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2nd Chance for Antitrust Suit Against OPEC

     (CN) – A group accusing OPEC of fixing the price of gasoline deserves another chance at effecting service on the intergovernmental organization, the D.C. Circuit ruled.
     Conservative activist group Freedom Watch sued the Organization of the Petroleum Exporting Countries (OPEC) in 2012, alleging that the group violates U.S. antitrust law by fixing the price of gasoline.
     It attempted to effectuate service by hand-delivering a copy of the summons and complaint to OPEC headquarters in Vienna, Austria, but OPEC asserted that this means of service was invalid without the express consent of OPEC’s secretary general.
     A federal judge agreed with OPEC, dismissing the suit, and a three-judge panel with the D.C. Circuit affirmed Friday that Freedom Watch’s efforts did not count as service under Austrian law and were thus invalid.
     “Austria prohibits service of process on an international organization holding privileges and immunities under international law (which OPEC does) without the involvement of the Austrian Federal Ministry,” Judge Sri Srinivasan wrote for the court (parentheses in original). “In addition, the OPEC headquarters agreement, a part of Austrian law, bars service of legal process within the headquarters seat without the express consent of OPEC’s secretary general.”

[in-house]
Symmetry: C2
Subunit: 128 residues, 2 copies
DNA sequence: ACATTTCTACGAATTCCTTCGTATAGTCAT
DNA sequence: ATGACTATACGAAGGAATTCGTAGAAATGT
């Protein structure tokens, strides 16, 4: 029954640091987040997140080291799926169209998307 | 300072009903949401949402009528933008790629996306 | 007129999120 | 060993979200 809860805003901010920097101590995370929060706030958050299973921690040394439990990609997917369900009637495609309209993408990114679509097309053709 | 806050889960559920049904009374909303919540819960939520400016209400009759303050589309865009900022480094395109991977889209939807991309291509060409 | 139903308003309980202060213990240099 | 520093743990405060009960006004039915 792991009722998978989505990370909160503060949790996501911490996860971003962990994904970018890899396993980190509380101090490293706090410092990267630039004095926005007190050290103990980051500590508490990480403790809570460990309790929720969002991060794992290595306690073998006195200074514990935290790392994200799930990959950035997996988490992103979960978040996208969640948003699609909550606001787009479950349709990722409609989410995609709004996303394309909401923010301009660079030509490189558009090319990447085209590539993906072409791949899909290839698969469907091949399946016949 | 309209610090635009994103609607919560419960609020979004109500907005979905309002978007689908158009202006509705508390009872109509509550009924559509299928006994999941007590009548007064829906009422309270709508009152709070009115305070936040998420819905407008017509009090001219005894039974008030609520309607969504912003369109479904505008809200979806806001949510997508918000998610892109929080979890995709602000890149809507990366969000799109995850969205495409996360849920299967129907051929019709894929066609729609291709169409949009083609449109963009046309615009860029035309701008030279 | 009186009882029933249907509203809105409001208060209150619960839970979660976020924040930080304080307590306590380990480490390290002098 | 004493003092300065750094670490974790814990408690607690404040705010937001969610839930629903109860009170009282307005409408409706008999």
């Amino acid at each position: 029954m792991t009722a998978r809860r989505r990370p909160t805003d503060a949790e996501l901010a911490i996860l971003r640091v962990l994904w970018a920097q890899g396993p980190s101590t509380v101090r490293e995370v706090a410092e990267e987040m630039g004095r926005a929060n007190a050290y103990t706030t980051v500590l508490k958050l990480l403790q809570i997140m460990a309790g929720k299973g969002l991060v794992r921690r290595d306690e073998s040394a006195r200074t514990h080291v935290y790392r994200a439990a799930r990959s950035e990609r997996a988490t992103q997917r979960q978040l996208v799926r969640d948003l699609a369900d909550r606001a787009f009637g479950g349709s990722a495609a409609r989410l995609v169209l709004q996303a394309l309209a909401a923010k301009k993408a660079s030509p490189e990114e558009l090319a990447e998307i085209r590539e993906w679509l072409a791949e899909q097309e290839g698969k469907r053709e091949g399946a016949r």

Freedom Watch should be allowed, however, to try to serve OPEC through its U.S. counsel, the law firm of White & Case, the court also found.
     “Even if service cannot be effectuated on OPEC through United States counsel without violating Austrian law, the district court could still authorize such service if it would ‘minimize’ offense to Austrian law,” Srinivasan said.
     The 20-page opinion emphasizes that “our decision to remand should not be mistaken for agreement with Freedom Watch that the district court must authorize some method of serving process on OPEC as a matter of due process, public policy, or enforcement of United States antitrust law. … But the district court must at least exercise its discretion under Rule 4(f)(3), which it can now do on remand.” (Emphasis in original.)
     Judge Robert Wilkins concurred that Freedom Watch’s personal service was invalid, but disagreed with the majority’s ruling that it might serve OPEC through counsel.
     “In my view, Freedom Watch did not invoke the exercise of that discretion in the District Court proceedings and so no question about it is properly before the Court here,” he said.

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